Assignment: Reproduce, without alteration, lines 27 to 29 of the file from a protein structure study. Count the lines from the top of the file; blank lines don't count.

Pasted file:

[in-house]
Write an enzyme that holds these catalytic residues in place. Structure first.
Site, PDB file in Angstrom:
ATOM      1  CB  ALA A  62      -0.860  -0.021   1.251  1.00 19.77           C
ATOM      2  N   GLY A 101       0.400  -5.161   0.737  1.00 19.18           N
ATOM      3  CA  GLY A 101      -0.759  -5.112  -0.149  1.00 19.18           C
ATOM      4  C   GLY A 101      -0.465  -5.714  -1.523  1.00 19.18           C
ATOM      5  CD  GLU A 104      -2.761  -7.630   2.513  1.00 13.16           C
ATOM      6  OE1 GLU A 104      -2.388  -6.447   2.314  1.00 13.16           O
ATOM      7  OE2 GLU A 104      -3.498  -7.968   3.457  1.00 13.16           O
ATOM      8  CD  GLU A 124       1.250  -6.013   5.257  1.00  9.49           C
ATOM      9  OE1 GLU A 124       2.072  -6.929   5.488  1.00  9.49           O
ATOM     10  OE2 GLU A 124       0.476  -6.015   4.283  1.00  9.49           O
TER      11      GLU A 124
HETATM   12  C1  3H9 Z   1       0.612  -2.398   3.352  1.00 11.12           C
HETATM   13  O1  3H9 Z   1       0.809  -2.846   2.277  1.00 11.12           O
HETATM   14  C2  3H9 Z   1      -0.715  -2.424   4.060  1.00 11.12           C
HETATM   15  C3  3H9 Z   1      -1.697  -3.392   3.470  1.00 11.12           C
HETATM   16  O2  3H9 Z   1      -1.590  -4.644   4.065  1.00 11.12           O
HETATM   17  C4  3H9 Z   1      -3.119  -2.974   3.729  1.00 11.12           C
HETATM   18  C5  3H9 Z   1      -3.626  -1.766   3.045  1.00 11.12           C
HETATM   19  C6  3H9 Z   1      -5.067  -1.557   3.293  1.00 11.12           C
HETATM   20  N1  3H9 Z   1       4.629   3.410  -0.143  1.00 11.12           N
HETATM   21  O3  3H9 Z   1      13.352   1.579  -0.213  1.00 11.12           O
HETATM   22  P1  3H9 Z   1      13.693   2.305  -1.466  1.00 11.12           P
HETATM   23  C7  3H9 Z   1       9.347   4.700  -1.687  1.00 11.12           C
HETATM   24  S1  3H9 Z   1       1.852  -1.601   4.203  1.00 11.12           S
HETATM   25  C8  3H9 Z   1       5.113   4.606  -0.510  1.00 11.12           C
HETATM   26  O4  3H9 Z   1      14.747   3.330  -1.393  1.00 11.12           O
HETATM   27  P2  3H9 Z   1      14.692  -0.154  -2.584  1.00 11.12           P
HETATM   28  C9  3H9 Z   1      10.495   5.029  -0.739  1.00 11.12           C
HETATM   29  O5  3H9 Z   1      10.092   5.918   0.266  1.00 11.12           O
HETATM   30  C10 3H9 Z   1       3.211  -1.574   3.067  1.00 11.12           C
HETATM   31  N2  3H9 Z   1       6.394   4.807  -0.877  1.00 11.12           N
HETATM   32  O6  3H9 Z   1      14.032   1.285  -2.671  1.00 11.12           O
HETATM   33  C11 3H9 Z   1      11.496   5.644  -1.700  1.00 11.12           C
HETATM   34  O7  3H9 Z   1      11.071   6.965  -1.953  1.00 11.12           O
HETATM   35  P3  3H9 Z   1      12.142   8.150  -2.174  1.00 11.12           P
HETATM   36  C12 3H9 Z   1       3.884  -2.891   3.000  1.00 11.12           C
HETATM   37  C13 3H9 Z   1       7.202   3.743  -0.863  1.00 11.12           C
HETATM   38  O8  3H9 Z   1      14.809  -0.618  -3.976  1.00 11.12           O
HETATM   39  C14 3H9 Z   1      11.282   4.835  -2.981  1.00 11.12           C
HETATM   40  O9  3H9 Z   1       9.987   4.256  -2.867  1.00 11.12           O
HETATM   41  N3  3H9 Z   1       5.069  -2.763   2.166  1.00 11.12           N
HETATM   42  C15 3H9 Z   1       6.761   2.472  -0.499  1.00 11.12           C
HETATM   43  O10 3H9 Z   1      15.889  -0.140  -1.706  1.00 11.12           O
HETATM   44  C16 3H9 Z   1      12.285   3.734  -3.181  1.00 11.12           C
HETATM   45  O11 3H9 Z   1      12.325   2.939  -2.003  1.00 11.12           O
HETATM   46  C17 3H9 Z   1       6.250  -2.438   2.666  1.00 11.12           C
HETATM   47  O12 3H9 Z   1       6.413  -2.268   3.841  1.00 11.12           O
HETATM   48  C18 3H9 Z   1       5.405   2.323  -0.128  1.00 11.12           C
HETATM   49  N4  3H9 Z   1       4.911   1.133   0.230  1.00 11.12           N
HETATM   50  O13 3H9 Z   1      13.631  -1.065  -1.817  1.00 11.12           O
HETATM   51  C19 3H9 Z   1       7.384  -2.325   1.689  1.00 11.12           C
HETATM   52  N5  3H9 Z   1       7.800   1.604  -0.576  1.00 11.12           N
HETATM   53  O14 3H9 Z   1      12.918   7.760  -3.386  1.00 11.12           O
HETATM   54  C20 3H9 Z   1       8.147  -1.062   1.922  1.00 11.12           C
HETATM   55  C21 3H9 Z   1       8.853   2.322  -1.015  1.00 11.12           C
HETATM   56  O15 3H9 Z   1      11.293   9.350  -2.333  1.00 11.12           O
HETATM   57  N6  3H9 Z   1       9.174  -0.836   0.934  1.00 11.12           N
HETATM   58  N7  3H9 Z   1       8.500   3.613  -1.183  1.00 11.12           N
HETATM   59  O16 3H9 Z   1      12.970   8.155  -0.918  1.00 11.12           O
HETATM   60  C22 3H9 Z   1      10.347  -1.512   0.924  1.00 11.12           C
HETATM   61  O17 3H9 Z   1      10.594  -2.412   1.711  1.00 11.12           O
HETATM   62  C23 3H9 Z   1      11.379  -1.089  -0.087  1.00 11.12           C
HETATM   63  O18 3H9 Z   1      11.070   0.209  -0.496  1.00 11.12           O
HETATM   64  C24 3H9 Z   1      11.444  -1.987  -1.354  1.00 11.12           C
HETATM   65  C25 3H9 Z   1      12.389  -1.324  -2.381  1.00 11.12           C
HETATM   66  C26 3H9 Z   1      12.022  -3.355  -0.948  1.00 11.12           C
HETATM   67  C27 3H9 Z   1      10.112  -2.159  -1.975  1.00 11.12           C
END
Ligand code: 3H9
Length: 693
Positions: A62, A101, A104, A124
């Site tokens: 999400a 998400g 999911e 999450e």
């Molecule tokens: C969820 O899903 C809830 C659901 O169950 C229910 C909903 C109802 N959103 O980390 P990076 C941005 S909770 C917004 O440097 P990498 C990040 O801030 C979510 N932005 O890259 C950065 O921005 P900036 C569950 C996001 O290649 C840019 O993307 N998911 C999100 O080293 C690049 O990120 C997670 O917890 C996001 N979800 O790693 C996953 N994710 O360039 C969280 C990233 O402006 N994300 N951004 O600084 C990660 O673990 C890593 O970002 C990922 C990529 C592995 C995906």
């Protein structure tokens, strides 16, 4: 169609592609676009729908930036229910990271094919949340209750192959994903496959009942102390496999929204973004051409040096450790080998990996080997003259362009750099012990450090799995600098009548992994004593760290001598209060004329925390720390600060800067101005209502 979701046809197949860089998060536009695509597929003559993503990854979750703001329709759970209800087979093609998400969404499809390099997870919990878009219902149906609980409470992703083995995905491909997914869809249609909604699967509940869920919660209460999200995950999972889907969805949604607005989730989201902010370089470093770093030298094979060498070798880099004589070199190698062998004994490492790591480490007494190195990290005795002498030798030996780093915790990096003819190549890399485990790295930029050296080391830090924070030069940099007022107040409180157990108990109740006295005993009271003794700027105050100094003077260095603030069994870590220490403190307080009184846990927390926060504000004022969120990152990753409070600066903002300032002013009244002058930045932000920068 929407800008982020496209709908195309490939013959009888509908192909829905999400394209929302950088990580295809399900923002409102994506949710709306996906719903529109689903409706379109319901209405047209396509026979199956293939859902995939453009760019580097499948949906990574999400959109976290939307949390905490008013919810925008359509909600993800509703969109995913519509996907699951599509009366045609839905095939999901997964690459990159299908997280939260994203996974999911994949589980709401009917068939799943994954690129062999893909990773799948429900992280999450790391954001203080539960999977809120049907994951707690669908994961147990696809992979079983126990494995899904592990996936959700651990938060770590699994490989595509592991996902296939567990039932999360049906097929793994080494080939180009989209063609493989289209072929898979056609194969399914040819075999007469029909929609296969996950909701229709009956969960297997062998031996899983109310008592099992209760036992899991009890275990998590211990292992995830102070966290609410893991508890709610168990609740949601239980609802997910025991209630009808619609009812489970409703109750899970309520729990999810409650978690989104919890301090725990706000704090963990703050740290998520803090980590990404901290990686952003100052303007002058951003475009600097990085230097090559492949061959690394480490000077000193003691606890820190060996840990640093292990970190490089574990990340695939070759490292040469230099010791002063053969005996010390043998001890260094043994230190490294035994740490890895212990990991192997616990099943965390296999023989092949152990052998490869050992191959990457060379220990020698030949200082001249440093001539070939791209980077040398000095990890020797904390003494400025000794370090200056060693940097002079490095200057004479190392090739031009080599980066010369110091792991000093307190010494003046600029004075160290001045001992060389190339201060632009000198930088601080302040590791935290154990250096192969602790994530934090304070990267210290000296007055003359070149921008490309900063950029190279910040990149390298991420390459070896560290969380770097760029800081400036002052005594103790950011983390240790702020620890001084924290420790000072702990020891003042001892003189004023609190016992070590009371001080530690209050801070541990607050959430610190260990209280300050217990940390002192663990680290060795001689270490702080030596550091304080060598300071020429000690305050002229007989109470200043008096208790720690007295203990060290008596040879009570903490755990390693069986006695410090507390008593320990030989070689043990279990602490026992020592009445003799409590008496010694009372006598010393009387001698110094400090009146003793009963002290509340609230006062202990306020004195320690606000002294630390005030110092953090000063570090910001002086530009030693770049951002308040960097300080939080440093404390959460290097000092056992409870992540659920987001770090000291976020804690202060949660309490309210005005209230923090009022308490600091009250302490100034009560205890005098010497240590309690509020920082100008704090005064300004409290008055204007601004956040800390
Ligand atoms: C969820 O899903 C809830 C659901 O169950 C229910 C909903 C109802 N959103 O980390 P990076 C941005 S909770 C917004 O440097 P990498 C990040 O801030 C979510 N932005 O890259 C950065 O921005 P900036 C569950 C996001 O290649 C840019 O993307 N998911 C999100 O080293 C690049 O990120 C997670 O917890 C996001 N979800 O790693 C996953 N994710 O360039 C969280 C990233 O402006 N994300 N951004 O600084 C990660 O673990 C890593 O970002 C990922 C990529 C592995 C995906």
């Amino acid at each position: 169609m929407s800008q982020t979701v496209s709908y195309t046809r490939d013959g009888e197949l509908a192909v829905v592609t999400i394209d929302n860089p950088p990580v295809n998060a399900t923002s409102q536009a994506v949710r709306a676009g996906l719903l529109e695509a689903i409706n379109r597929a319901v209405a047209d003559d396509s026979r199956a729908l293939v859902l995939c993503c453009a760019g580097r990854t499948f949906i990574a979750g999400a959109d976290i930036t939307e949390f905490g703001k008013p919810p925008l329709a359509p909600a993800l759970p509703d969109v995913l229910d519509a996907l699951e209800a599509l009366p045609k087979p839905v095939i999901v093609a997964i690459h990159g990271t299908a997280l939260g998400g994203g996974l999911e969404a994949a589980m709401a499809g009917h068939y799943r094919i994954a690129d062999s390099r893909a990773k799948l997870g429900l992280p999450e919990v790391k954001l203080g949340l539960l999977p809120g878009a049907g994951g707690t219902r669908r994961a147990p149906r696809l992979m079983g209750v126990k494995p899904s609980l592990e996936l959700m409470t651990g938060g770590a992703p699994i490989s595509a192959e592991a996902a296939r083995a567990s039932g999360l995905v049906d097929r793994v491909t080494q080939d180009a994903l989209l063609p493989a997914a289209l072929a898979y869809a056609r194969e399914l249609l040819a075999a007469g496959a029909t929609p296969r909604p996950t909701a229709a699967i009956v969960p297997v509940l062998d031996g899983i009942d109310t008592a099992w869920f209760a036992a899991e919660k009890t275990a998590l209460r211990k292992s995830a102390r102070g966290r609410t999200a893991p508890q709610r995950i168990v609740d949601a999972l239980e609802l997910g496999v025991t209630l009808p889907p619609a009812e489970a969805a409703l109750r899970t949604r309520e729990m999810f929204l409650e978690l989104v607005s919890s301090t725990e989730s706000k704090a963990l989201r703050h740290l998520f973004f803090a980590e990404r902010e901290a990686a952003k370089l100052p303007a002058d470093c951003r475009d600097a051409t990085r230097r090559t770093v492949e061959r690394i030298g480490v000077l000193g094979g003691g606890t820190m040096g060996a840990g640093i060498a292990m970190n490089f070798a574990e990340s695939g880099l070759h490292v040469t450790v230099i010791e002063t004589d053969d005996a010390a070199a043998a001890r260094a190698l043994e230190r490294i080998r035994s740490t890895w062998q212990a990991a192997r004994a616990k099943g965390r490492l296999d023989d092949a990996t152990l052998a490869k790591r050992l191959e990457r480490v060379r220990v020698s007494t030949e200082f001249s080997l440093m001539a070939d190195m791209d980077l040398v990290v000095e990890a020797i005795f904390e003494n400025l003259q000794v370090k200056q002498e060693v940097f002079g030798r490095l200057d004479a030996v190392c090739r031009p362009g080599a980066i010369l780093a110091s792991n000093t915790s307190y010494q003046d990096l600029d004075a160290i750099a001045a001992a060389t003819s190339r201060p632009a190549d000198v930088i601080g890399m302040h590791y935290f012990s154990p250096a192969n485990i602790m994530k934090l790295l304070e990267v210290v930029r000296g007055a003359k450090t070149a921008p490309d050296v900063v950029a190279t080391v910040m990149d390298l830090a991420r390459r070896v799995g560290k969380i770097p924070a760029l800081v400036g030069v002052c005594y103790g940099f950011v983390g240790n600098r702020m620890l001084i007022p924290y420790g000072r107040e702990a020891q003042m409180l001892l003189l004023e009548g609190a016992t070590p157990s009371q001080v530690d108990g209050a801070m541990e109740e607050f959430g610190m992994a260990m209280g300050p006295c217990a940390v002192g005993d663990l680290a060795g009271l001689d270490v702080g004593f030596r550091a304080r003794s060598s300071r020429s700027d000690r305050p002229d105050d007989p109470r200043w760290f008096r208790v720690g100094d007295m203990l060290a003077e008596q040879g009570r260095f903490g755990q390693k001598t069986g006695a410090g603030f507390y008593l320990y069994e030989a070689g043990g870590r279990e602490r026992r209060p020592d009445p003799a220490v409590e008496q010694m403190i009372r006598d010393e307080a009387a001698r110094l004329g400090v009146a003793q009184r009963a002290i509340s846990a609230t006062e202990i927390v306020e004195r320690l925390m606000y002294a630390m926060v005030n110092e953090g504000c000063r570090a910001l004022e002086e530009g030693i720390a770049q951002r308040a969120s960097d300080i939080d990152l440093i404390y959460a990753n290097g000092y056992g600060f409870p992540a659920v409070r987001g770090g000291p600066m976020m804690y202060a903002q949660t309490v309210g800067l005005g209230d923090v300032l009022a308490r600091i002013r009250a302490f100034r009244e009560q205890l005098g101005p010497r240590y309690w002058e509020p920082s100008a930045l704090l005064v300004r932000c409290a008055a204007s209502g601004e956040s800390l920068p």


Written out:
HETATM   24  S1  3H9 Z   1       1.852  -1.601   4.203  1.00 11.12           S
HETATM   25  C8  3H9 Z   1       5.113   4.606  -0.510  1.00 11.12           C
HETATM   26  O4  3H9 Z   1      14.747   3.330  -1.393  1.00 11.12           O